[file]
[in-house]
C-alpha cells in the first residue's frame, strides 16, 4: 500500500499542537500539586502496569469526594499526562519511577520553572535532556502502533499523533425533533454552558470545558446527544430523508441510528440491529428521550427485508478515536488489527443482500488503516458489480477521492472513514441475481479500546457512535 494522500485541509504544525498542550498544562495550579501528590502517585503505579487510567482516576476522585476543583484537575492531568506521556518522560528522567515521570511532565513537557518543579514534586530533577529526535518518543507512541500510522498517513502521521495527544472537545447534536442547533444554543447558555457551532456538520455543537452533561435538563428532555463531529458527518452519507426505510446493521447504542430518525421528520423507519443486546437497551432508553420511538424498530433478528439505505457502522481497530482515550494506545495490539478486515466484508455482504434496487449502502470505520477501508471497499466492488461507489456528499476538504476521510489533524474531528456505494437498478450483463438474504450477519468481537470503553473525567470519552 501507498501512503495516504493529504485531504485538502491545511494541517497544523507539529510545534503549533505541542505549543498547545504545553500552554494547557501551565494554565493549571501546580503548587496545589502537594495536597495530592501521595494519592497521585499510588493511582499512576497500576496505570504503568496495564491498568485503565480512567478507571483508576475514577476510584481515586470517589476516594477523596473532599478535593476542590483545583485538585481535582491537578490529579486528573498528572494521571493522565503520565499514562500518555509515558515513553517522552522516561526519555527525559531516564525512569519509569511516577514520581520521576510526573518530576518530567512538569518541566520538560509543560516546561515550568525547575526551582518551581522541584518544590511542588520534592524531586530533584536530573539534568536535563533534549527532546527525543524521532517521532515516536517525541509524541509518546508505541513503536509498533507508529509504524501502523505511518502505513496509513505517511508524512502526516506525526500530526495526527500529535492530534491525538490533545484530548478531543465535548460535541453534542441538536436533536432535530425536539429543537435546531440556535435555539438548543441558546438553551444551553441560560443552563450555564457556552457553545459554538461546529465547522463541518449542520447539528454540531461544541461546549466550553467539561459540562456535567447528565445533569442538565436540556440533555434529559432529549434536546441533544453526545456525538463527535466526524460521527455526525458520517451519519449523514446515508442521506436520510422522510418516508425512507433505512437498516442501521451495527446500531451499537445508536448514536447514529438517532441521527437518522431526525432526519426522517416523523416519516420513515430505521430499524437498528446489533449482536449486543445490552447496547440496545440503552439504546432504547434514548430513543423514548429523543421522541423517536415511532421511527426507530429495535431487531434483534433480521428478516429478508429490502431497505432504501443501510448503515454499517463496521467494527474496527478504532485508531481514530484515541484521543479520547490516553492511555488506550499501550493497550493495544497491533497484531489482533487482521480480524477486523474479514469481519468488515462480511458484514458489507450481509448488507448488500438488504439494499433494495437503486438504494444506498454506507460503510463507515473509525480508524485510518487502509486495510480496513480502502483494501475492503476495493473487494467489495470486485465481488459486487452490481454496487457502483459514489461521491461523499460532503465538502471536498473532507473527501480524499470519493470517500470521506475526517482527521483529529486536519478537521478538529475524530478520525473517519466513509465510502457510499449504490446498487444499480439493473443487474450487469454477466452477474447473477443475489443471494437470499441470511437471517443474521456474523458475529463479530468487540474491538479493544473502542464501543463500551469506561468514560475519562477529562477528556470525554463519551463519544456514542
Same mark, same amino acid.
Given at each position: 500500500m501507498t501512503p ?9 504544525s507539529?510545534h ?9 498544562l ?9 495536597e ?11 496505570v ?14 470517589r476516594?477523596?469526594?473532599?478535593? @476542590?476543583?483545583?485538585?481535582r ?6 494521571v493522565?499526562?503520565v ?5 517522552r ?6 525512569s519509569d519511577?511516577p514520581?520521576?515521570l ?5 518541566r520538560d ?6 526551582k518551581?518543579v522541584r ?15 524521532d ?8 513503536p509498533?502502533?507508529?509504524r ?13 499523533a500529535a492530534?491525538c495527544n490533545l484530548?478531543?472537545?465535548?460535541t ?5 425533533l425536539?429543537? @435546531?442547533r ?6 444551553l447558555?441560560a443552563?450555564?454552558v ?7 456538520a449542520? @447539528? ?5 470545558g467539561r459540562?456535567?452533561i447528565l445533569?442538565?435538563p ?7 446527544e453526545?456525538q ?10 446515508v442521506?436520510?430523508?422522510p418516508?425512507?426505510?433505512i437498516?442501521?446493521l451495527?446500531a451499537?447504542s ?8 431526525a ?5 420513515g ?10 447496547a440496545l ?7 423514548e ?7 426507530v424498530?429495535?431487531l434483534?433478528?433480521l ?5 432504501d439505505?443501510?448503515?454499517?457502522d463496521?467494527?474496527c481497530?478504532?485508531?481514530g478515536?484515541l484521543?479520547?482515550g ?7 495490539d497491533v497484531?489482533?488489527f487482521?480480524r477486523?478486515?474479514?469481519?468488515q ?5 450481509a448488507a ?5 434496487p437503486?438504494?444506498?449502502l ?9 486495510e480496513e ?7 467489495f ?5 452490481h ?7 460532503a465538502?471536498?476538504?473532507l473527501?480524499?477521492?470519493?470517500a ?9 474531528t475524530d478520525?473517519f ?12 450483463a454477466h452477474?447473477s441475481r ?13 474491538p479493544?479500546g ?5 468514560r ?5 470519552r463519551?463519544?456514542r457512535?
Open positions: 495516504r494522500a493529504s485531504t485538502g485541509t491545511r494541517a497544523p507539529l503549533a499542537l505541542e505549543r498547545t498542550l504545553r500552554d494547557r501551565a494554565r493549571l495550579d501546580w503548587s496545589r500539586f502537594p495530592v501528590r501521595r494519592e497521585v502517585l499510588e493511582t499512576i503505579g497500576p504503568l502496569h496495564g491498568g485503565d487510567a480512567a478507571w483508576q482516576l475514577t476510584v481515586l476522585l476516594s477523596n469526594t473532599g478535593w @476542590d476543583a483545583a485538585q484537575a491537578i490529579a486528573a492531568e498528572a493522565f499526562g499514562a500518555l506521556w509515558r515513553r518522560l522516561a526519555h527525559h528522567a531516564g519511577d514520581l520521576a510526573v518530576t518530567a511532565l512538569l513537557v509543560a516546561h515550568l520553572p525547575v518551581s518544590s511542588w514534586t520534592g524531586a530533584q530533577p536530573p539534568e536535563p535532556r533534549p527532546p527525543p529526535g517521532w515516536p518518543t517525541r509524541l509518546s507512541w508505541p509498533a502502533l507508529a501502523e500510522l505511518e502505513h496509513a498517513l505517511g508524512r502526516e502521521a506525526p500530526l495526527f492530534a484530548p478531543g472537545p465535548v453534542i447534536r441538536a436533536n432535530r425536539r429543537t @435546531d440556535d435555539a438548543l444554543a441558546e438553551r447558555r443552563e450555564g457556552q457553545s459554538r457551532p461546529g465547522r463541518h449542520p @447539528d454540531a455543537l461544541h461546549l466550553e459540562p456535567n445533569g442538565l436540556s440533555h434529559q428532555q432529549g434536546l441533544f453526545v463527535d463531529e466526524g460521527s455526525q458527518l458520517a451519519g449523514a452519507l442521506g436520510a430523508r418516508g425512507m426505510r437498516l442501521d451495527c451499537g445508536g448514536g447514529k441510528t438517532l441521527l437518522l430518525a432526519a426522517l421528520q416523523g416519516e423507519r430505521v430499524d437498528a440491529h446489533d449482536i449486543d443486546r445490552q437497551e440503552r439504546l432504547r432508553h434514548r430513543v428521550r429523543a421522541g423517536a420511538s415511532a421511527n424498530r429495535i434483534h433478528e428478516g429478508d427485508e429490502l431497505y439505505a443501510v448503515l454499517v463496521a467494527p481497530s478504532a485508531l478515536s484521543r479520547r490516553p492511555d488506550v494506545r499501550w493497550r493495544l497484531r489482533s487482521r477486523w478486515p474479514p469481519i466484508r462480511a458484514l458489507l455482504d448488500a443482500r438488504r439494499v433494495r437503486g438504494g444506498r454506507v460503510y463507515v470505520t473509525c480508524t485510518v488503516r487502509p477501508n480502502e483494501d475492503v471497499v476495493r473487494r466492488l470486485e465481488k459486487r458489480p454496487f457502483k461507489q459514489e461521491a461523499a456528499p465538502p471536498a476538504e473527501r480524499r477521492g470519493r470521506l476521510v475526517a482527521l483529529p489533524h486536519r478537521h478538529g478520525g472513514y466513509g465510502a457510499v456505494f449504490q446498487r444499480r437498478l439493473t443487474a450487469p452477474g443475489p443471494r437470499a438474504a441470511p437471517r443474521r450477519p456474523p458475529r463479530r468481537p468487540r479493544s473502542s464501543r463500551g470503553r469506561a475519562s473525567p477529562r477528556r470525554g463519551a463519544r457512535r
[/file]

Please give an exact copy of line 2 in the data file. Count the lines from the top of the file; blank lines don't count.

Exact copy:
C-alpha cells in the first residue's frame, strides 16, 4: 500500500499542537500539586502496569469526594499526562519511577520553572535532556502502533499523533425533533454552558470545558446527544430523508441510528440491529428521550427485508478515536488489527443482500488503516458489480477521492472513514441475481479500546457512535 494522500485541509504544525498542550498544562495550579501528590502517585503505579487510567482516576476522585476543583484537575492531568506521556518522560528522567515521570511532565513537557518543579514534586530533577529526535518518543507512541500510522498517513502521521495527544472537545447534536442547533444554543447558555457551532456538520455543537452533561435538563428532555463531529458527518452519507426505510446493521447504542430518525421528520423507519443486546437497551432508553420511538424498530433478528439505505457502522481497530482515550494506545495490539478486515466484508455482504434496487449502502470505520477501508471497499466492488461507489456528499476538504476521510489533524474531528456505494437498478450483463438474504450477519468481537470503553473525567470519552 501507498501512503495516504493529504485531504485538502491545511494541517497544523507539529510545534503549533505541542505549543498547545504545553500552554494547557501551565494554565493549571501546580503548587496545589502537594495536597495530592501521595494519592497521585499510588493511582499512576497500576496505570504503568496495564491498568485503565480512567478507571483508576475514577476510584481515586470517589476516594477523596473532599478535593476542590483545583485538585481535582491537578490529579486528573498528572494521571493522565503520565499514562500518555509515558515513553517522552522516561526519555527525559531516564525512569519509569511516577514520581520521576510526573518530576518530567512538569518541566520538560509543560516546561515550568525547575526551582518551581522541584518544590511542588520534592524531586530533584536530573539534568536535563533534549527532546527525543524521532517521532515516536517525541509524541509518546508505541513503536509498533507508529509504524501502523505511518502505513496509513505517511508524512502526516506525526500530526495526527500529535492530534491525538490533545484530548478531543465535548460535541453534542441538536436533536432535530425536539429543537435546531440556535435555539438548543441558546438553551444551553441560560443552563450555564457556552457553545459554538461546529465547522463541518449542520447539528454540531461544541461546549466550553467539561459540562456535567447528565445533569442538565436540556440533555434529559432529549434536546441533544453526545456525538463527535466526524460521527455526525458520517451519519449523514446515508442521506436520510422522510418516508425512507433505512437498516442501521451495527446500531451499537445508536448514536447514529438517532441521527437518522431526525432526519426522517416523523416519516420513515430505521430499524437498528446489533449482536449486543445490552447496547440496545440503552439504546432504547434514548430513543423514548429523543421522541423517536415511532421511527426507530429495535431487531434483534433480521428478516429478508429490502431497505432504501443501510448503515454499517463496521467494527474496527478504532485508531481514530484515541484521543479520547490516553492511555488506550499501550493497550493495544497491533497484531489482533487482521480480524477486523474479514469481519468488515462480511458484514458489507450481509448488507448488500438488504439494499433494495437503486438504494444506498454506507460503510463507515473509525480508524485510518487502509486495510480496513480502502483494501475492503476495493473487494467489495470486485465481488459486487452490481454496487457502483459514489461521491461523499460532503465538502471536498473532507473527501480524499470519493470517500470521506475526517482527521483529529486536519478537521478538529475524530478520525473517519466513509465510502457510499449504490446498487444499480439493473443487474450487469454477466452477474447473477443475489443471494437470499441470511437471517443474521456474523458475529463479530468487540474491538479493544473502542464501543463500551469506561468514560475519562477529562477528556470525554463519551463519544456514542